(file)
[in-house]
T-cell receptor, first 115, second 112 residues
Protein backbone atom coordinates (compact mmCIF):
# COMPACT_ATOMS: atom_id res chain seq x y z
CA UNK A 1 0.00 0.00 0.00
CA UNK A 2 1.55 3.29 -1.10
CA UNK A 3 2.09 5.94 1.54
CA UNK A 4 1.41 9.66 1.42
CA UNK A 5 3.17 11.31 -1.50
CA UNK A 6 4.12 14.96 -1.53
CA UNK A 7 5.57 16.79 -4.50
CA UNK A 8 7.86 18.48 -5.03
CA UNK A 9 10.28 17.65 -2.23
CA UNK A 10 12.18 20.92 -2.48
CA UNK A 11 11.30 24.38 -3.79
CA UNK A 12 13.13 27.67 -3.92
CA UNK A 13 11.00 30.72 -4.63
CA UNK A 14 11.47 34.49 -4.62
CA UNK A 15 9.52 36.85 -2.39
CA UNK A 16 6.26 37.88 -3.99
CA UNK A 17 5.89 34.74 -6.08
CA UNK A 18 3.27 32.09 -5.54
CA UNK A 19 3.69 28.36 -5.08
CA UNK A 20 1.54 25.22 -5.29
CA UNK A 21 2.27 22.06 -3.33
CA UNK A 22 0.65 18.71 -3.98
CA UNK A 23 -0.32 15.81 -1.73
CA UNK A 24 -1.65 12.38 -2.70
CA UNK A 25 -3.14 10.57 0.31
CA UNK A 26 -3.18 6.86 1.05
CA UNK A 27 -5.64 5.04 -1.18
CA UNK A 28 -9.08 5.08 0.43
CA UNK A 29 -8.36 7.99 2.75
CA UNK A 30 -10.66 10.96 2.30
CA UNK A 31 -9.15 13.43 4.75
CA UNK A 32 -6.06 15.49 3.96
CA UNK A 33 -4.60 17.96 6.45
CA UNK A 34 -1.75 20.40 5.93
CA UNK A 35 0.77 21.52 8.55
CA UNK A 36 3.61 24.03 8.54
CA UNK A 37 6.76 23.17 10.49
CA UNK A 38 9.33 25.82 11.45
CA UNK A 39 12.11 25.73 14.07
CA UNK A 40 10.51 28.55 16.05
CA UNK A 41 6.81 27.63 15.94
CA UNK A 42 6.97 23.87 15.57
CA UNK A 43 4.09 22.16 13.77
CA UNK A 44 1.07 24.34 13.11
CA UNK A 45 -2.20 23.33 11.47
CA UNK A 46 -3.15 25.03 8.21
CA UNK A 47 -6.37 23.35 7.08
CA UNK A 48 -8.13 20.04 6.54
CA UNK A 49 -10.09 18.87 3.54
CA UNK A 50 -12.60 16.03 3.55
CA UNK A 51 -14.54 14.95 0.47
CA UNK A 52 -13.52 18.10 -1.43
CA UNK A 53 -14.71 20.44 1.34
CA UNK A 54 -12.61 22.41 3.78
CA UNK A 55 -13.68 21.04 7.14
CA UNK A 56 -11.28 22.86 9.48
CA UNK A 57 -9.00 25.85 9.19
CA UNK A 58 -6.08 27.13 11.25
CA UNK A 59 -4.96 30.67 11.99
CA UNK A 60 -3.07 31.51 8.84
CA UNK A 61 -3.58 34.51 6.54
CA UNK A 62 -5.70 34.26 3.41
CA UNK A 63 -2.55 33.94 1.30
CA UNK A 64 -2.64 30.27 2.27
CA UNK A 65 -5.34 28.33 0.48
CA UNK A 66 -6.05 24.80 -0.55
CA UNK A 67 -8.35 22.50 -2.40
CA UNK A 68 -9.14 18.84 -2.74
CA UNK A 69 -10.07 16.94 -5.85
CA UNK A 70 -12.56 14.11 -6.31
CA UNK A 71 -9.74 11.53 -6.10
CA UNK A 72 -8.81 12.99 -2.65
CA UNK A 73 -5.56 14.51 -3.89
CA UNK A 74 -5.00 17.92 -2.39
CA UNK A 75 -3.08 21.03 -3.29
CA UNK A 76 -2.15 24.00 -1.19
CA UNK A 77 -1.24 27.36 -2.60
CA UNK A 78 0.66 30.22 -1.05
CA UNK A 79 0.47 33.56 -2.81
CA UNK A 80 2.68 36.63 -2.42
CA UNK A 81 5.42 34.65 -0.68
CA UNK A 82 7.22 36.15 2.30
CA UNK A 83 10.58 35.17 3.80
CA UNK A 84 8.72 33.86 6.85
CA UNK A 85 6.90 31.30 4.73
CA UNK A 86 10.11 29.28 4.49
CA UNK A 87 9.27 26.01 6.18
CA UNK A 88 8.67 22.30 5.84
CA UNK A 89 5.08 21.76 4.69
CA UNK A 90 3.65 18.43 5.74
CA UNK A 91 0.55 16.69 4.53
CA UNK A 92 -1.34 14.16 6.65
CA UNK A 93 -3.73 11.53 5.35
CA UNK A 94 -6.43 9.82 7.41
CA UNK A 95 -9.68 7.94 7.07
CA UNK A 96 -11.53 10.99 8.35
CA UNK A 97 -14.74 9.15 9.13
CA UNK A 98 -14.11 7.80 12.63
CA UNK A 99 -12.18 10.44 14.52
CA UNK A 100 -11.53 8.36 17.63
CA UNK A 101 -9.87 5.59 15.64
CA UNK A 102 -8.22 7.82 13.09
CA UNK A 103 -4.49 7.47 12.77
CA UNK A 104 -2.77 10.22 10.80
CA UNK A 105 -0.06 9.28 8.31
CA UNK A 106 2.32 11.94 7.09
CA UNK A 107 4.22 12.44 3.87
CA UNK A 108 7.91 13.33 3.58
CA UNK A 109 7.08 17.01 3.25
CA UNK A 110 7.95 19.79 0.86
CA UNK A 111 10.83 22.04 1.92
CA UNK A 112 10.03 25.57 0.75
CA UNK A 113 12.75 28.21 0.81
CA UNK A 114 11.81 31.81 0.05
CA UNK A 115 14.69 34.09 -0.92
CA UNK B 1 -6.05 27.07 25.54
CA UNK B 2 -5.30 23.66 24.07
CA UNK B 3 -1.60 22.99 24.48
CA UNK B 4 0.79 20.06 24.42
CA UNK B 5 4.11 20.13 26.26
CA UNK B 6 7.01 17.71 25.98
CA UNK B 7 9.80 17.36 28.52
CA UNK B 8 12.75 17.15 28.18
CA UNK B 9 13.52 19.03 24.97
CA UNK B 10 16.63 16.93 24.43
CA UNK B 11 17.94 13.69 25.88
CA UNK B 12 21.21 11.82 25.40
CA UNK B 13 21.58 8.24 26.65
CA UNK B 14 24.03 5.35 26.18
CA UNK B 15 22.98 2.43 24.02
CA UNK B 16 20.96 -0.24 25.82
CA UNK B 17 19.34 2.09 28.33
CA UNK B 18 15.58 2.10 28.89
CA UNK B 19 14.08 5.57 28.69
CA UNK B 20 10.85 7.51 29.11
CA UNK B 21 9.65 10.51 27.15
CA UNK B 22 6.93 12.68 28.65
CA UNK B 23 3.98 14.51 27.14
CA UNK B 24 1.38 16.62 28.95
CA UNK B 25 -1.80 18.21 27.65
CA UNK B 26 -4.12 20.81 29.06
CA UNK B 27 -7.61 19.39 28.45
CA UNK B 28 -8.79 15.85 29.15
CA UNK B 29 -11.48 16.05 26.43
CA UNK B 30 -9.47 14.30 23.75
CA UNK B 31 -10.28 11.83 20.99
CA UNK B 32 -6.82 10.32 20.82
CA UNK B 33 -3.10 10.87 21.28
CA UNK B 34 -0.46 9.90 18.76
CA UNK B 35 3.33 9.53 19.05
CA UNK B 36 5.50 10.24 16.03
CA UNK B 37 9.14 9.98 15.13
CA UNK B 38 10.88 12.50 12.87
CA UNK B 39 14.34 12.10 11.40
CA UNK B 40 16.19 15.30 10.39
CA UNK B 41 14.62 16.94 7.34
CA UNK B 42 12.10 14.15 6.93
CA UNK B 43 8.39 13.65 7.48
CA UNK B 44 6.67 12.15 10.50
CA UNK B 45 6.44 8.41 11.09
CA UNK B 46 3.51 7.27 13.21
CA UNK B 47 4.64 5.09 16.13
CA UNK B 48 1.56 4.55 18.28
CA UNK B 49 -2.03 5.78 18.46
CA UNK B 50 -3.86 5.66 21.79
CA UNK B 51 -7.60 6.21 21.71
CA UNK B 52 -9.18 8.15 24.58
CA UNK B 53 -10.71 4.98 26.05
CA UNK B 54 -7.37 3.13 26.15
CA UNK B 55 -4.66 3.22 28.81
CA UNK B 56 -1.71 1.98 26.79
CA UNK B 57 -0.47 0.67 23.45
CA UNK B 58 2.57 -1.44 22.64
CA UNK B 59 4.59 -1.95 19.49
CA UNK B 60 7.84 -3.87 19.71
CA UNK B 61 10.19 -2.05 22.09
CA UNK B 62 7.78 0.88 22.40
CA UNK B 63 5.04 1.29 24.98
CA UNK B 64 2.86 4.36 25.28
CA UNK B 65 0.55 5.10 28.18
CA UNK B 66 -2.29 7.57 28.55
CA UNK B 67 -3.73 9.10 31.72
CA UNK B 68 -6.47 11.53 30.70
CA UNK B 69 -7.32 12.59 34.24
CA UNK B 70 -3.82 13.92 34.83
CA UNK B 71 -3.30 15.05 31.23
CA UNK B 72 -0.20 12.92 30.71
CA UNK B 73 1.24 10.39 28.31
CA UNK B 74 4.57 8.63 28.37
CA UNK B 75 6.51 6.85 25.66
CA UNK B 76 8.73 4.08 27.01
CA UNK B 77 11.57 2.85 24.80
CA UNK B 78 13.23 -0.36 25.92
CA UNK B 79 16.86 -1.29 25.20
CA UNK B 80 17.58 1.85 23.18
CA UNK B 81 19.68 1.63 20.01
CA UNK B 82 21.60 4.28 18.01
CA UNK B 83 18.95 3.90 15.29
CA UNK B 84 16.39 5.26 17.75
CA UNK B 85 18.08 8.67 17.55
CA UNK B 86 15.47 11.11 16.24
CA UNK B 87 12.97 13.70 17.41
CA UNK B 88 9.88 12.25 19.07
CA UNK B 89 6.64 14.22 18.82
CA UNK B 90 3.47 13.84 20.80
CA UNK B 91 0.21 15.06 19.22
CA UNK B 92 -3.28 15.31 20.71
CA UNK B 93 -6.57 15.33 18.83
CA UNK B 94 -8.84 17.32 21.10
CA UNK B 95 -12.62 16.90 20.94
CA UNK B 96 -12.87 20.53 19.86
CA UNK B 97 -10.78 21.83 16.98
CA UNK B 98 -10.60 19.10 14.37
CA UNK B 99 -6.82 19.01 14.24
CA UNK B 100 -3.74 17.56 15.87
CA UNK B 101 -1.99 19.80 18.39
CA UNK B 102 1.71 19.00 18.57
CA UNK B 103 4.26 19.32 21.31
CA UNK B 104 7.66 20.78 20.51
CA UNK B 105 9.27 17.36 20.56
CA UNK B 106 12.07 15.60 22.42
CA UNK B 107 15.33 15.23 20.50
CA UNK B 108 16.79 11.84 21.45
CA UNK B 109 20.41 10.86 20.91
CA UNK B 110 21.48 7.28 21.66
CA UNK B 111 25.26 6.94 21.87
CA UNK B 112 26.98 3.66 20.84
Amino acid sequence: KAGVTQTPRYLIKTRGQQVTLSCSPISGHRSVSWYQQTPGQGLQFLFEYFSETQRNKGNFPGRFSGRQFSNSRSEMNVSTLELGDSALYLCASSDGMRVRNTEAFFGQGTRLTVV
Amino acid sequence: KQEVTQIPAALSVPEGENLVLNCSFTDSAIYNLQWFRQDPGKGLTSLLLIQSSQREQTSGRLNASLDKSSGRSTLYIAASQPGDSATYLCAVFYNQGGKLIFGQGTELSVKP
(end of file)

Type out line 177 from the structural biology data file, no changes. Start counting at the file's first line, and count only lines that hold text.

CA UNK B 58 2.57 -1.44 22.64